While rebuilding my Faema, I removed the screens and gaskets a couple of times. I found that a paint can lid opener works wonderfully. You know, that funny short handled gizmo the paint store gives you for free when you purchase a gallon of paint. No damage to the gasket. I used it on the gasket, not the screen.
Dave Stephens

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#5: Post by Tazza d'oro »

I think it's time to replace the group gasket on my Expobar Office Control. Never having done this in the past and there being no instructions on how to do this in the supplied manual, I'm looking for help. Is this a simple case of pry out the old and press fit the new or is there more involved? Additionally, as I'm using a naked PF by Lino, is it best to use the original size of 8.5mm or the 8mm advised by Chris Coffee.

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#6: Post by HB »

Tazza d'oro wrote:Is this a simple case of pry out the old and press fit the new or is there more involved?
That's pretty much it. I merged your thread with this thread on the same topic to keep them in one place. EPNW's E61 Group Head Gasket Replacement Tutorial & E-61 Maintenance Tutorial includes step-by-step photos.
Additionally, as I'm using a naked PF by Lino, is it best to use the original size of 8.5mm or the 8mm advised by Chris Coffee.
I used Lino's portafilter with the stock gaskets without problem on the Brewtus and Lever, which I believe share the same grouphead as your Control (confirmations or corrections welcome).
Dan Kehn


#7: Post by LeoZ »

if i had to guess, the little nub in the middle of the dispersion screen is there to cover the screw/hole where the coffee comes from.

im going out on a limb, but im thinking that without it, the coffee wouldnt properly be spread over the entire surface of the screen. maybe the machines that use this style screen have a different type of screw in the head? if not.. wouldnt that mean switching it to a 'groovy' one would work fine?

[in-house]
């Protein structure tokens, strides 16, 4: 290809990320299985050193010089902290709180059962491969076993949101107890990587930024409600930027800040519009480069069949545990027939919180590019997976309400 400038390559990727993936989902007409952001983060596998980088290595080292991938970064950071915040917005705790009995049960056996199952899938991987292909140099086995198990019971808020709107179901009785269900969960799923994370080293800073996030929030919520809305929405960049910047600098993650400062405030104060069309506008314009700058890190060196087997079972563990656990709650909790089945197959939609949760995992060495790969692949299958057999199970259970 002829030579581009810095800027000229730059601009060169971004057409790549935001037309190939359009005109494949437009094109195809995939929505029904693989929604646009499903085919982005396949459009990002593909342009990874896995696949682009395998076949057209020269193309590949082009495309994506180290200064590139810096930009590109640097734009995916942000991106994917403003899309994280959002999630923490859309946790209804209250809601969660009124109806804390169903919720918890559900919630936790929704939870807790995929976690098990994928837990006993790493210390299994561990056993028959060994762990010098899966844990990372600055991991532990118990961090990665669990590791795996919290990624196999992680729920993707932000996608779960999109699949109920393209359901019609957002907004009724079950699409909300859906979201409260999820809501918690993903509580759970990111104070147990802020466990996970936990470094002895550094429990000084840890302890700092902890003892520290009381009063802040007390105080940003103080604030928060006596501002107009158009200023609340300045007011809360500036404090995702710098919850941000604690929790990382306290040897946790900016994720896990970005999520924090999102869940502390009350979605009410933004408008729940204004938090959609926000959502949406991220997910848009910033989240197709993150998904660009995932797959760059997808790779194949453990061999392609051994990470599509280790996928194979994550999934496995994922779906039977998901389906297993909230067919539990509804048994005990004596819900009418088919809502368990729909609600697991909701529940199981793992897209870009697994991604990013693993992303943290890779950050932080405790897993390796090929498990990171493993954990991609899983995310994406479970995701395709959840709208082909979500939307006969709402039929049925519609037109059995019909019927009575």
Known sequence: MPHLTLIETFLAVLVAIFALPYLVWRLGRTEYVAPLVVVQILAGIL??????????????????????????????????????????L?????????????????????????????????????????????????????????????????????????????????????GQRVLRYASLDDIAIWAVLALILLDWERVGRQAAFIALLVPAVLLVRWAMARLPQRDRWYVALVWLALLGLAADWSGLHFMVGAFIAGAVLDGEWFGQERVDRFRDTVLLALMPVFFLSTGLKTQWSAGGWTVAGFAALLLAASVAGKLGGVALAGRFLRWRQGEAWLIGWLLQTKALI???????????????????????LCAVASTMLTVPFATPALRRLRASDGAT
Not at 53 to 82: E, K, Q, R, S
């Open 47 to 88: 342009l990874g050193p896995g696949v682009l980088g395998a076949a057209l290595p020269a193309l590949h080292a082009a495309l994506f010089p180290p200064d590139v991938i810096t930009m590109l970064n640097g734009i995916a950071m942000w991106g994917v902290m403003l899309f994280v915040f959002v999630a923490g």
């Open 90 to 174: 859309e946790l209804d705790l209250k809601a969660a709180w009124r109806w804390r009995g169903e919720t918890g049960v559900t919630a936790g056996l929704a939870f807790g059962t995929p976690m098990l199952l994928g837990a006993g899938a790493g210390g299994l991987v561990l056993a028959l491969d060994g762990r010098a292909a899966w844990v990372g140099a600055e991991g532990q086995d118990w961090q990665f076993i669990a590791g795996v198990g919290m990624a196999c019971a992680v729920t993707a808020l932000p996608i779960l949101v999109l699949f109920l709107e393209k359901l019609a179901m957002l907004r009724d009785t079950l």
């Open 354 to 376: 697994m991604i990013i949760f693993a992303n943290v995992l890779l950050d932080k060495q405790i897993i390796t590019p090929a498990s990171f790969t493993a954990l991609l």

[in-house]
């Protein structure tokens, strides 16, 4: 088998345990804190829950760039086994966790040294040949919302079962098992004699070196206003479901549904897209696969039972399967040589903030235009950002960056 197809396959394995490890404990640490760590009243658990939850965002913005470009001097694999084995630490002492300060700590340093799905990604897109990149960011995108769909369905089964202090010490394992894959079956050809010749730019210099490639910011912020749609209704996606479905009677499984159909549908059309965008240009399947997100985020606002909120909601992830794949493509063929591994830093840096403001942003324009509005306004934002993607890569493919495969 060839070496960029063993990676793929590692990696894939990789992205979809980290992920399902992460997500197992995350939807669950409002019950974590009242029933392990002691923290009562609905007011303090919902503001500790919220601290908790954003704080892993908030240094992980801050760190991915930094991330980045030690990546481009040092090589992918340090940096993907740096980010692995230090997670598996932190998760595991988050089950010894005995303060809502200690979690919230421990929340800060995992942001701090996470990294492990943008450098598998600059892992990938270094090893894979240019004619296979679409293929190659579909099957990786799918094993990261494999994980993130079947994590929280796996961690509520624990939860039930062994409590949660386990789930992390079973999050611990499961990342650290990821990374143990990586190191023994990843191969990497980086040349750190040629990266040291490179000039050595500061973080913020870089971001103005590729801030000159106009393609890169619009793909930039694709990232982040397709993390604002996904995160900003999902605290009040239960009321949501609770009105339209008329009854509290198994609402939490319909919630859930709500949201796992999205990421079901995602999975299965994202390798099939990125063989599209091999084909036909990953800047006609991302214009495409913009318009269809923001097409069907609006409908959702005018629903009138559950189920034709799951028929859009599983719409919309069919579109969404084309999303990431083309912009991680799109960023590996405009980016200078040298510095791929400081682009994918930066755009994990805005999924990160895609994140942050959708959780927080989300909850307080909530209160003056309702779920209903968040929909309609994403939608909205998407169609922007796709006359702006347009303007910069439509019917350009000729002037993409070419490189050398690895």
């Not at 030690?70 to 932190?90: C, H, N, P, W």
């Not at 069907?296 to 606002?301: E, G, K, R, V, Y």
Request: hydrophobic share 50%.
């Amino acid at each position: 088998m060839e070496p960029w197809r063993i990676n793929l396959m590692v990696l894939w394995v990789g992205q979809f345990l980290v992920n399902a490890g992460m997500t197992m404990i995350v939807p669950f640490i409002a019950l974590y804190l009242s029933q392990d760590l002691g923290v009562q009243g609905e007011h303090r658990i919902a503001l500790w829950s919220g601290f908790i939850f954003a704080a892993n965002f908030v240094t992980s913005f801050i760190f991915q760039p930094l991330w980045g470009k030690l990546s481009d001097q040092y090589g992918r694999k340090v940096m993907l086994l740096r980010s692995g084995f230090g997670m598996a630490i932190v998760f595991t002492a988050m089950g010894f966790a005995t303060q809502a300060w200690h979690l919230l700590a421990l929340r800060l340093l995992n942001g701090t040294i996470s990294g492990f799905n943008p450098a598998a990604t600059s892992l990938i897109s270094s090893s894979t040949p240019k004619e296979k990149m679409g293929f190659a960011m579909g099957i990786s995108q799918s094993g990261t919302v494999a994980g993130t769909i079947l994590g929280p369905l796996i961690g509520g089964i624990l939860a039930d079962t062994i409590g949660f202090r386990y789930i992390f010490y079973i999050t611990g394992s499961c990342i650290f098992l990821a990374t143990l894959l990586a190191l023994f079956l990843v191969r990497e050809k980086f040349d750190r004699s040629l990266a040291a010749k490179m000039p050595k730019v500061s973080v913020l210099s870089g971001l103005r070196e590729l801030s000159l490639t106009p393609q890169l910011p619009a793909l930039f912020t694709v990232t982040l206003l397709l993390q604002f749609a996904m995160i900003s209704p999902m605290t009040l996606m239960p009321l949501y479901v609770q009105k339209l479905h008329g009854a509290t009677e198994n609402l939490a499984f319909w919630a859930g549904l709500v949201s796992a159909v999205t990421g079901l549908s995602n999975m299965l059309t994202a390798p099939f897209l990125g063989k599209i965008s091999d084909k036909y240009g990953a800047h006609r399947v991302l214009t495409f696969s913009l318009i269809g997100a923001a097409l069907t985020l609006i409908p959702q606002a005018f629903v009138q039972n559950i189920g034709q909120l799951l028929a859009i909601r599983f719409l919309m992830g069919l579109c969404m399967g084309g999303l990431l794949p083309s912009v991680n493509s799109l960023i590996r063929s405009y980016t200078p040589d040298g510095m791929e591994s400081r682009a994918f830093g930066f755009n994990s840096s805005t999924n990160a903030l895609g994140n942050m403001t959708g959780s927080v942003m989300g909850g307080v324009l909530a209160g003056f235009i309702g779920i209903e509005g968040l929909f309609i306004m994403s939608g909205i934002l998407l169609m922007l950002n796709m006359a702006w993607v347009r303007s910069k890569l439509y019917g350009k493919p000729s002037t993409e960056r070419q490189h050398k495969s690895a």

PS- i had the same problem when i decided to look into my grouphead and screen. you really have to torque it, harder than you think. also, test with a backflush disk, it saves coffee and builds more pressure. :)

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#8: Post by Tazza d'oro »

I have a completely flat dispersion nub, no screws. I was wondering if I would be better off ordering a new dispersion screen at the same time as the gaskets.

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#9: Post by HB »

I wouldn't bother replacing the dispersion screen unless it's damaged.
Dan Kehn


#10: Post by Dogshot »

I use a combination of 1) loosening the gasket by releasing the pf just as the pressure starts to build to 4-5 bar while pulling a blank shot with the blind basket, and 2) Cannonfodder's paint-can tool trick. It takes less than 2 minutes, and is very easy to do, even with a hot machine.

I made the mistake recently of getting distracted after brewing a shot and leaving the pf with the spent puck in the machine for an hour or more. Even after a standard Cafiza backflush treatment, here's what my screen looked like:

Moral of the story - it pays to remove the screen and gasket every now and then just to make sure things are as clean as they should be.